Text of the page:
"I would like to be an attorney and always have."

Why? (A common first interview question).

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durisjoctor (Jun 4, 2017 - 12:30 am)

When I was younger, I wanted to be an attorney for the prestige and money. Now that I am older I have come to realize that being a lawyer is neither prestigious nor lucrative. Nonetheless, I would like to be an attorney because I feel that there are genuine career opportunities at my current company that will not impede my ability to work from home, while allowing me to make more money and enabling me to learn more about ERISA and handling appealed claim denials. I regularly review claims that I denied and were subsequently overturned on appeal or that have had the initial denial reaffirmed. I find this type of work interesting and stimulating. The attorneys at my company make about 75k-90k per year. I really just am concerned about the cost of stetson law school.

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vespucius (Jun 4, 2017 - 12:35 am)

I have a friend who does similar attorney work for 110 k per year and 6 weeks vacation. He finds it horrendously boring and got another degree to do something else.

But you do have a uniwue situation if your company promotes you. How much legal exp do your attorneys have when they start?

If you got a 164, u should get a free ride. Im guessing you cant when you go part time?

Only go if you can stomach the debt, you sre guaranteed a legal job at your company and you want to do that work for a long while.

If you have other legel ambitions do not go to stetson.

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durisjoctor (Jun 4, 2017 - 12:50 am)

The few people whos LinkedIn accounts I have looked at had negligible legal experience. Most were claims analysts. Many were claims managers, particularly those who worked in long term disability. The only thing in common that seems shared is at least 5 years of experience working for an insurance company, in any capacity. We just got an email last week that our new legal department head got his JD from temple university, which is also poorly rated. The Vice President of group benefits earned her JD from Western New England, which isnt even rated by USNWR. It is small glimmers of hope like this that keep me somewhat optimistic. While it is certainly an achievement to go to a good school, the number of successful people at this company who either went to community colleges, unranked universities, or not at all, astounds me on a daily basis.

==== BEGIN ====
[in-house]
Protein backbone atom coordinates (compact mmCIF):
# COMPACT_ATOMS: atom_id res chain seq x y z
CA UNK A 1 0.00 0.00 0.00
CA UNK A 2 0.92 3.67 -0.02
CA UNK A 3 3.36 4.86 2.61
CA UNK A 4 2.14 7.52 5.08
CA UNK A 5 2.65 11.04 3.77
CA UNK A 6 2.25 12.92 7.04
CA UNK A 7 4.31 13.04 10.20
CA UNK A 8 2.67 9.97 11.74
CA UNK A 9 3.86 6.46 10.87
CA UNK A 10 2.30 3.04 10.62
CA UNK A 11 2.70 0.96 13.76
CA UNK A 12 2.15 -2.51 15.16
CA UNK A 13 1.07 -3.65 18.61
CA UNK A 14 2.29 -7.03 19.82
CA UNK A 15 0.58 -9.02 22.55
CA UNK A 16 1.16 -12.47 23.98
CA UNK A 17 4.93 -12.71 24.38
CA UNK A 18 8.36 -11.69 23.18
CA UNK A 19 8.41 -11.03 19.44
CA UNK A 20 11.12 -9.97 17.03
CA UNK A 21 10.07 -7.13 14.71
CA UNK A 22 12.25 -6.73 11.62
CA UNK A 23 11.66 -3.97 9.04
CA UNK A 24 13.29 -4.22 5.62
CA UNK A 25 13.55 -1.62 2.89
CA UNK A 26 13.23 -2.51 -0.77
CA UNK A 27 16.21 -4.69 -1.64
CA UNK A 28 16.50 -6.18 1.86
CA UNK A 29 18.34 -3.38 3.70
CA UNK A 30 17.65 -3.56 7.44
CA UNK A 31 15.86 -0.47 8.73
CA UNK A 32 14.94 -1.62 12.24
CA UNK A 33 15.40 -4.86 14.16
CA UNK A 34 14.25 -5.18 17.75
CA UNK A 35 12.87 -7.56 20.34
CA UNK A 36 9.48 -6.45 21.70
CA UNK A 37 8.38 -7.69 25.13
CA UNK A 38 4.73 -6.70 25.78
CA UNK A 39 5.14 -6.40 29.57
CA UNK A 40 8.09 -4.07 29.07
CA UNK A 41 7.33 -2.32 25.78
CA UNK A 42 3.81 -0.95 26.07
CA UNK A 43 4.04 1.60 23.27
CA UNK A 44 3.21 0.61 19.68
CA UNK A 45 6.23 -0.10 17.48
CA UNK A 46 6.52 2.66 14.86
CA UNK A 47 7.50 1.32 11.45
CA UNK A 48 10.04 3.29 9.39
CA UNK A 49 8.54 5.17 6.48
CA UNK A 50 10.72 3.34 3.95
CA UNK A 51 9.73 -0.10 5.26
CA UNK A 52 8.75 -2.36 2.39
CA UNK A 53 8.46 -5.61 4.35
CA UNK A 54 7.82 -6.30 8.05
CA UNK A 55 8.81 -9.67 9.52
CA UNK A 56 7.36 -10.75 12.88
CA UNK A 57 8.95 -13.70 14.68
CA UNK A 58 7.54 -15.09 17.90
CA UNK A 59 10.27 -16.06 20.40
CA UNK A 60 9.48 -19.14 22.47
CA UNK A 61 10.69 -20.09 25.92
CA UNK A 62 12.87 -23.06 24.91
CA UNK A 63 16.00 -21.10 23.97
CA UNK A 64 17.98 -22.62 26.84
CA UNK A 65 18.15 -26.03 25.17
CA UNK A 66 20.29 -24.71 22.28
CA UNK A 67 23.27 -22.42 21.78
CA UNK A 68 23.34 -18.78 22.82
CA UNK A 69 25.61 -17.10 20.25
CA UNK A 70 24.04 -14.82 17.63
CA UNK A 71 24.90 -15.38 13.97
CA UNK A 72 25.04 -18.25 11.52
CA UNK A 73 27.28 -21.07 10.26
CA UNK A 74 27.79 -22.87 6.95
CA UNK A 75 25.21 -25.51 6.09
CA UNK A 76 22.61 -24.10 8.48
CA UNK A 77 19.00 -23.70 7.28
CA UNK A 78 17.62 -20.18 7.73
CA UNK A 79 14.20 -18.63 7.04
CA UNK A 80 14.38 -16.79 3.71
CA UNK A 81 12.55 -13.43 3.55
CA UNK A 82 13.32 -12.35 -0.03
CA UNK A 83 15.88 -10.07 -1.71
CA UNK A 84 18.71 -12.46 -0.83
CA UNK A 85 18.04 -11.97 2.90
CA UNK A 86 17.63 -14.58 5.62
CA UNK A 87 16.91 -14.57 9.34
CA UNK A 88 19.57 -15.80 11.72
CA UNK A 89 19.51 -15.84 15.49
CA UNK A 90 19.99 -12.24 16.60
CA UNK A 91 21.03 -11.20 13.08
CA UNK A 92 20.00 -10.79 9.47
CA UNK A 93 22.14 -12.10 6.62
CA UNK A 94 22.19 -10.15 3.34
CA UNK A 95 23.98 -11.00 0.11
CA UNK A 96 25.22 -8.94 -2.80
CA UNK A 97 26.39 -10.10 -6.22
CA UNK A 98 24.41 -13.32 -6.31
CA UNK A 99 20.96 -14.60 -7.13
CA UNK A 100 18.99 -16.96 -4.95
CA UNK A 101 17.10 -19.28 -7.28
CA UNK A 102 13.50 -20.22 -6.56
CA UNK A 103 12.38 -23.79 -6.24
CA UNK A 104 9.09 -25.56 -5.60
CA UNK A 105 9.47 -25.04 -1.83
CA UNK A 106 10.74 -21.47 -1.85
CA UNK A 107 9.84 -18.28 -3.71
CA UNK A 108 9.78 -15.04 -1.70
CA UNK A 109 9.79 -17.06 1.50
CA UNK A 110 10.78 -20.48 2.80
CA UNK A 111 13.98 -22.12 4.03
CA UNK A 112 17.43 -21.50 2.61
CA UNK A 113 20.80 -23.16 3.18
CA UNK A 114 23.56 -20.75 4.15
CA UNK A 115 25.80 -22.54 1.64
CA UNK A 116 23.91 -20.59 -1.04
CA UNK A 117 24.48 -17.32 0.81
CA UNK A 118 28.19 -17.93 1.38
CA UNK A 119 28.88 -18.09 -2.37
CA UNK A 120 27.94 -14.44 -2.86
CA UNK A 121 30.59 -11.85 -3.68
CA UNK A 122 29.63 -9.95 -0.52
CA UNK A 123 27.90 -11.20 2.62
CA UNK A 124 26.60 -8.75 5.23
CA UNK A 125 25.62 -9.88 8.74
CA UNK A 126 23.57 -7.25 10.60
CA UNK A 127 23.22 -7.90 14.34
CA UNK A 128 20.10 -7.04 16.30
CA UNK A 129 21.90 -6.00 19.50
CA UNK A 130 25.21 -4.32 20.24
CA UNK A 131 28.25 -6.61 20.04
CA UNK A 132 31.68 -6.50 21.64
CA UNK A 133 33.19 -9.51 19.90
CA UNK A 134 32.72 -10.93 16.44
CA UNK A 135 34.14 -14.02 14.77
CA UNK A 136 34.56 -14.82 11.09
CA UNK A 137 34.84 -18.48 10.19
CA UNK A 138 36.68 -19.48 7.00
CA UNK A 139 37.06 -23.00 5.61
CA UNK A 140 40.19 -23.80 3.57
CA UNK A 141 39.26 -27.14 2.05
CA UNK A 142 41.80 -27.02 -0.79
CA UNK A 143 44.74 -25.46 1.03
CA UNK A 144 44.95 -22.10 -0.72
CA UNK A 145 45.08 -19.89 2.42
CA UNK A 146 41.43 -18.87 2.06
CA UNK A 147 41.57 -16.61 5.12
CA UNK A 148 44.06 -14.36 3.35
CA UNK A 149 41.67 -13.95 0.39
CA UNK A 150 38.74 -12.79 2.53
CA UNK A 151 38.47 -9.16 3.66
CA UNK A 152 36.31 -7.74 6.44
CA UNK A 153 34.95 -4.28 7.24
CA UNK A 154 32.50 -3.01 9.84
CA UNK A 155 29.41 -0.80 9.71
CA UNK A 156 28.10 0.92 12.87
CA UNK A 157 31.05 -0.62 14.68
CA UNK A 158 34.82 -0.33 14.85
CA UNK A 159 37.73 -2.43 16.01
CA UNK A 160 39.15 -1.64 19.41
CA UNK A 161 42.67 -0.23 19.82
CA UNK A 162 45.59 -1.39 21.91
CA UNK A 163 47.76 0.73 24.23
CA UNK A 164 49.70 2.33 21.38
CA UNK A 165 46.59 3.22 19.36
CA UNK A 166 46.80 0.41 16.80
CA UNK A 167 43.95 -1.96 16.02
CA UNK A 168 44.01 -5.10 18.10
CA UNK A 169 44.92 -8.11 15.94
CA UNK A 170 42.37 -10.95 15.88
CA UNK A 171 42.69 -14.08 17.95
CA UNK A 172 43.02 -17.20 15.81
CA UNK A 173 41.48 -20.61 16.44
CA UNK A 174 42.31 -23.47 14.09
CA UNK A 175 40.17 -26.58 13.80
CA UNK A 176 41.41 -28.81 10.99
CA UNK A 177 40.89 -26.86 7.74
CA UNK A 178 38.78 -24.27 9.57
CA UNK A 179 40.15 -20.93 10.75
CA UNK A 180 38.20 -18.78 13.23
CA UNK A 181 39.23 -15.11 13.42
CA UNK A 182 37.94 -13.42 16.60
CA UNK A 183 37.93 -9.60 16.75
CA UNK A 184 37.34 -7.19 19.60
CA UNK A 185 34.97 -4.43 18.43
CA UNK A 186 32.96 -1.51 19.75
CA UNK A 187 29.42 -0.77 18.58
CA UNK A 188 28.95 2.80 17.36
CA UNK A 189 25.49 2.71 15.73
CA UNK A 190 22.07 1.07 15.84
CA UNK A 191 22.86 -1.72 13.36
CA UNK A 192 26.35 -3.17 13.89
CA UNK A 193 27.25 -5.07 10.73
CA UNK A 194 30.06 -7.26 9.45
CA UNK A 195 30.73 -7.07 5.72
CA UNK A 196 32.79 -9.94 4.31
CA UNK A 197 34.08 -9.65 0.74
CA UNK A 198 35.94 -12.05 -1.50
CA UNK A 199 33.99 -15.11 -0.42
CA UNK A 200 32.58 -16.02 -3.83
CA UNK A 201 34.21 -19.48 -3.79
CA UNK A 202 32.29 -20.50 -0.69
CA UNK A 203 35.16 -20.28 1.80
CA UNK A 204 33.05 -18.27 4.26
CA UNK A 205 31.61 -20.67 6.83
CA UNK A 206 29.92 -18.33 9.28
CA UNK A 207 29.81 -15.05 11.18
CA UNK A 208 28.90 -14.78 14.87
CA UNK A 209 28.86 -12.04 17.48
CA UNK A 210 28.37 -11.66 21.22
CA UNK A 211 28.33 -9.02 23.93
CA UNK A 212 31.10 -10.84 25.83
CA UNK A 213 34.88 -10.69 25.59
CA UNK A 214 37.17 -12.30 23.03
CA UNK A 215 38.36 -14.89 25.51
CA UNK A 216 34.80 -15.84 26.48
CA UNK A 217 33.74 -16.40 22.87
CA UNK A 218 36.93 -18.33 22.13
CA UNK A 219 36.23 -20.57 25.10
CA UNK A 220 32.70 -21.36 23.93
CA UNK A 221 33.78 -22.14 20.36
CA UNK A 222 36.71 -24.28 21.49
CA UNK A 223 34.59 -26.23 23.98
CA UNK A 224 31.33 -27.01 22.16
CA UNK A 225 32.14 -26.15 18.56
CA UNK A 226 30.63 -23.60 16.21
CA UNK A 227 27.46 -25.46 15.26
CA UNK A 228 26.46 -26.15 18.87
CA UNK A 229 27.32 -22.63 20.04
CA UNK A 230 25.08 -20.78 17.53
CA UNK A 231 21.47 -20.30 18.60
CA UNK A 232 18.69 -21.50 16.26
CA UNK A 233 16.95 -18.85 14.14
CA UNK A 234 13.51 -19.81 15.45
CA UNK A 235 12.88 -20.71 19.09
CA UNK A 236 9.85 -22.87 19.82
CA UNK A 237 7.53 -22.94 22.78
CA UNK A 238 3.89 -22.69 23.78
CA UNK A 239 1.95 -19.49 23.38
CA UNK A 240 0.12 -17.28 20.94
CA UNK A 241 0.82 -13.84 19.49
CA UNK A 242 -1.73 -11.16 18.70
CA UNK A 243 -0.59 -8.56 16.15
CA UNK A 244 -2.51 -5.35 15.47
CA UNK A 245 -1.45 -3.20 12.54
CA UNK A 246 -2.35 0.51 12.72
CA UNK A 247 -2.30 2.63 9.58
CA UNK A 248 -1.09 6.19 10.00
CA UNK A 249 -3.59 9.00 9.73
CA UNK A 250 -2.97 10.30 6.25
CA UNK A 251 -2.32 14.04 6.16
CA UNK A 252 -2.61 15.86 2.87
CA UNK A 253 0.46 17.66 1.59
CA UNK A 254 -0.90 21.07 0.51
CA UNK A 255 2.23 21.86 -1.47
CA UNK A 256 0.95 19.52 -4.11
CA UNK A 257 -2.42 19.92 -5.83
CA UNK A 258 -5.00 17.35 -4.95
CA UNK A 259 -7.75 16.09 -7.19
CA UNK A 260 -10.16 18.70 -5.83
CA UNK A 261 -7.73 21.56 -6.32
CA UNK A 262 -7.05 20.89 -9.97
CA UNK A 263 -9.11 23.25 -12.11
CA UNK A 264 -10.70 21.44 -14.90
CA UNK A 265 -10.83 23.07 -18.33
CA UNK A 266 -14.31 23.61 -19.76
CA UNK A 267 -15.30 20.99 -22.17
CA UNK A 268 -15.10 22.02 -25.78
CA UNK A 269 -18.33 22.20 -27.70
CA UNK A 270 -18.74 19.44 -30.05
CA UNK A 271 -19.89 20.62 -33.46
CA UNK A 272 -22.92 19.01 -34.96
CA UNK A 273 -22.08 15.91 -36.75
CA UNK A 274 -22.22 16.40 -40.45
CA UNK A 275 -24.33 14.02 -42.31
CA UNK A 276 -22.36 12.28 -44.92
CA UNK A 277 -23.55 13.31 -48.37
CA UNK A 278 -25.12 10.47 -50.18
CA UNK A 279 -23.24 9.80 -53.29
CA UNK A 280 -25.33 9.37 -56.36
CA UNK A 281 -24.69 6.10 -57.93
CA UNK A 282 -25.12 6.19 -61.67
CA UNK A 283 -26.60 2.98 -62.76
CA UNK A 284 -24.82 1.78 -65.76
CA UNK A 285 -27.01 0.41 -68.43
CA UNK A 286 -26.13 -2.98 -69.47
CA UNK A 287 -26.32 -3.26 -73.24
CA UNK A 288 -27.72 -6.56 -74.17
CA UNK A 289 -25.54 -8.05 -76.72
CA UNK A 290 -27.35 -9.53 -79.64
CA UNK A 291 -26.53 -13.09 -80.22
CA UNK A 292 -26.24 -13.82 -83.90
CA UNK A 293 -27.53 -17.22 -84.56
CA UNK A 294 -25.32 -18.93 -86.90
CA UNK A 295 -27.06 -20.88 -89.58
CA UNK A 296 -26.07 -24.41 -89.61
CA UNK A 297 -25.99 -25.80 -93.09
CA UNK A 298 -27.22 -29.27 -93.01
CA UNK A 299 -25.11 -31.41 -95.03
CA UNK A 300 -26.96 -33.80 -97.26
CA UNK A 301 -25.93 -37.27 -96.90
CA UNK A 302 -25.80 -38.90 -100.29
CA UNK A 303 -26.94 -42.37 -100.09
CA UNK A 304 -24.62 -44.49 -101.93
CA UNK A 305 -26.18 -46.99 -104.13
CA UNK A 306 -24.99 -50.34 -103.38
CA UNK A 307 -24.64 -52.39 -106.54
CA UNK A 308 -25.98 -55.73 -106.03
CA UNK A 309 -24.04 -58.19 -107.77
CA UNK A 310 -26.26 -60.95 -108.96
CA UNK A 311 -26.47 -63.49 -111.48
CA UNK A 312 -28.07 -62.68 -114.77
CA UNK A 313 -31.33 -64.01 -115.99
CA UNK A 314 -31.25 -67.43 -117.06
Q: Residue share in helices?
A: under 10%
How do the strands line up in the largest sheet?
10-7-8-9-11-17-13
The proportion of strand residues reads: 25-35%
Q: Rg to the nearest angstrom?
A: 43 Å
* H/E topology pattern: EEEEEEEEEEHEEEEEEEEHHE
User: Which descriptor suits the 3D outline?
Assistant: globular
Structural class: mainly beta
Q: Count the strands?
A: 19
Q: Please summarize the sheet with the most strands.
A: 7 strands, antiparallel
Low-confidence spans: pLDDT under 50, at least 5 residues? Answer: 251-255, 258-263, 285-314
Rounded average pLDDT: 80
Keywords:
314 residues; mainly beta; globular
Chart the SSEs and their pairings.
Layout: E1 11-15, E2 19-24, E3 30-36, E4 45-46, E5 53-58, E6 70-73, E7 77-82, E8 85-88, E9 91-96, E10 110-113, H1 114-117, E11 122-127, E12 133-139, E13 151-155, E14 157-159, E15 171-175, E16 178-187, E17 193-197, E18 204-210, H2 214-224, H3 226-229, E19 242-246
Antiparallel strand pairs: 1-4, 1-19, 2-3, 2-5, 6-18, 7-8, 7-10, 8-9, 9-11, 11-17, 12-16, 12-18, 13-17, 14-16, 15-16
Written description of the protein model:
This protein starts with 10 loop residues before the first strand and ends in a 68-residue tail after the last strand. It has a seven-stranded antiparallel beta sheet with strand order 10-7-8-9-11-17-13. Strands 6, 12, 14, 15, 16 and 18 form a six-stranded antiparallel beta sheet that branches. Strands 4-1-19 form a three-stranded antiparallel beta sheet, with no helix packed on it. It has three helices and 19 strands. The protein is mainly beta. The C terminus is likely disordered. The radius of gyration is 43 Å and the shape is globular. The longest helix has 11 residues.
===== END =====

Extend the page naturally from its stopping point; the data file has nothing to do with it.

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vespucius (Jun 4, 2017 - 12:53 am)

Temple is pretty good. Dont discount it.

But i know what you mean sbout credentials. It surprises me how people punch above their weight and get decent jobs when many people i know simply struggle to find anything.

In any event, keep in mind that the attorneys have experience when they get hired into that job. It sounds like you might have the experiemce to do it.

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dingbat (Jun 4, 2017 - 8:51 am)

correction: Temple is pretty mediocre

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vohod (Jun 4, 2017 - 12:36 am)

I had such a job and while the company sometimes hired attorneys they did not when I needed a job.

If you want to go to LS you need to accept that your best exit option may be your current job. Florida's job market is not something I know anything about unfortunately.

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vespucius (Jun 4, 2017 - 12:41 am)

Yea thats the thing. No guarantee of a legal job.

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2breedbares (Jun 4, 2017 - 12:35 am)

With a GPA that high why hasn't Stetson given you a full ride?

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durisjoctor (Jun 4, 2017 - 12:40 am)

I have not actually applied to Stetson. The issue is that I will be attending part-time and working full-time, which means that I will not be eligible for many of the scholarships given to full time students, even if I have a decent GPA. The part-time law student, from what I have read, is at a disadvantage when it comes to scholarships because it is assumed that they are not as financially stressed as the traditional 3-year student. The part-timer is the working mom, the thirty-something, or the academic floater. I may be wrong, but I doubt they will give me anything.

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vespucius (Jun 4, 2017 - 12:44 am)

I think you are probably right.

Your first inquiry should be whether they offer financial aid to part timers.

Your second research should be on how your company hires attorneys.

If they do, it would make it a better idea, but again no guarantee of a legal job with your company and the limitations of stetsons reputation with anything else.

On the other hand, maybe you would graduate at the top and be a prime pick for a good stetson oriented firm.

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durisjoctor (Jun 4, 2017 - 12:55 am)